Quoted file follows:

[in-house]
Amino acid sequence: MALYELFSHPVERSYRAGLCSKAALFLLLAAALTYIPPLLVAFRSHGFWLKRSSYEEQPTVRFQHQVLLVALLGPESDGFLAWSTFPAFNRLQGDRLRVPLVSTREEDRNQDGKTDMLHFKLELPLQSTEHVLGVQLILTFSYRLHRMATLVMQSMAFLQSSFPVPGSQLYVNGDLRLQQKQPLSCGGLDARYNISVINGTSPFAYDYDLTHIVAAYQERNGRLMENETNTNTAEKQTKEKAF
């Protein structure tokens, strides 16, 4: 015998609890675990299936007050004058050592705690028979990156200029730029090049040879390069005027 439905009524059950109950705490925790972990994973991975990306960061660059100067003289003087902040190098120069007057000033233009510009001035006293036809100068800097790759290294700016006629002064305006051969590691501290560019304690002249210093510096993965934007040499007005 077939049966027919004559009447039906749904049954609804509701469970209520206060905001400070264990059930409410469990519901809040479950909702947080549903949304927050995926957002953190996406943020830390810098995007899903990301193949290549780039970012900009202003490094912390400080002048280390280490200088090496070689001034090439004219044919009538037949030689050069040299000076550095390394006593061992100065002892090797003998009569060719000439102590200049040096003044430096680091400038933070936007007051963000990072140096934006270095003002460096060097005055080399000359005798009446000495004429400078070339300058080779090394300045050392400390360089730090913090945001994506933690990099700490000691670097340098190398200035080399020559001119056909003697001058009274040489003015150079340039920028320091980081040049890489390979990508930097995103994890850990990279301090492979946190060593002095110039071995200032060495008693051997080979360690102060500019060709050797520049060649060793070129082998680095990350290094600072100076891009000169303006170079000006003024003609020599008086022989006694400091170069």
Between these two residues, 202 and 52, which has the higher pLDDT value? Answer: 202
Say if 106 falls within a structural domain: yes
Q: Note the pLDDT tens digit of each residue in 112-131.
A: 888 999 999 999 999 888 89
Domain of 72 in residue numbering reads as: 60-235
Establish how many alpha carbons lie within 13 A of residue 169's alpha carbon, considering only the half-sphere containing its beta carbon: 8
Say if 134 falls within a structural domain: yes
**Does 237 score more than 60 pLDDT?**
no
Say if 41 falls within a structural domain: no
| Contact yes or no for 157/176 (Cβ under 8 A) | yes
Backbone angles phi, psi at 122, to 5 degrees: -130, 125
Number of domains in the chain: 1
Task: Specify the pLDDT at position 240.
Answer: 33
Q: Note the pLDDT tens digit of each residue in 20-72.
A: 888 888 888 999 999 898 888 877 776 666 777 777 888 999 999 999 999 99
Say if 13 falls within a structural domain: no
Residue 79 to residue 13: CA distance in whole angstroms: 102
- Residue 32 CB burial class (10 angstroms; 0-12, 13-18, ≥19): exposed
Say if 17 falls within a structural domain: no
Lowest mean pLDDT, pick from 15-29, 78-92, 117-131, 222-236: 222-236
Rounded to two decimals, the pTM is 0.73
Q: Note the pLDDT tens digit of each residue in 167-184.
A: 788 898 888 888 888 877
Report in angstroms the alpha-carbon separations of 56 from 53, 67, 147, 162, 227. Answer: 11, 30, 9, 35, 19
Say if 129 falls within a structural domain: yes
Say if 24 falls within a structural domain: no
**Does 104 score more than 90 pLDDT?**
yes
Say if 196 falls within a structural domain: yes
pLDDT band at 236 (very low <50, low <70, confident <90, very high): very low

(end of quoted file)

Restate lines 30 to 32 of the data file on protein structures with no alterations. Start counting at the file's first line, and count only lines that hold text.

Say if 129 falls within a structural domain: yes
Say if 24 falls within a structural domain: no
**Does 104 score more than 90 pLDDT?**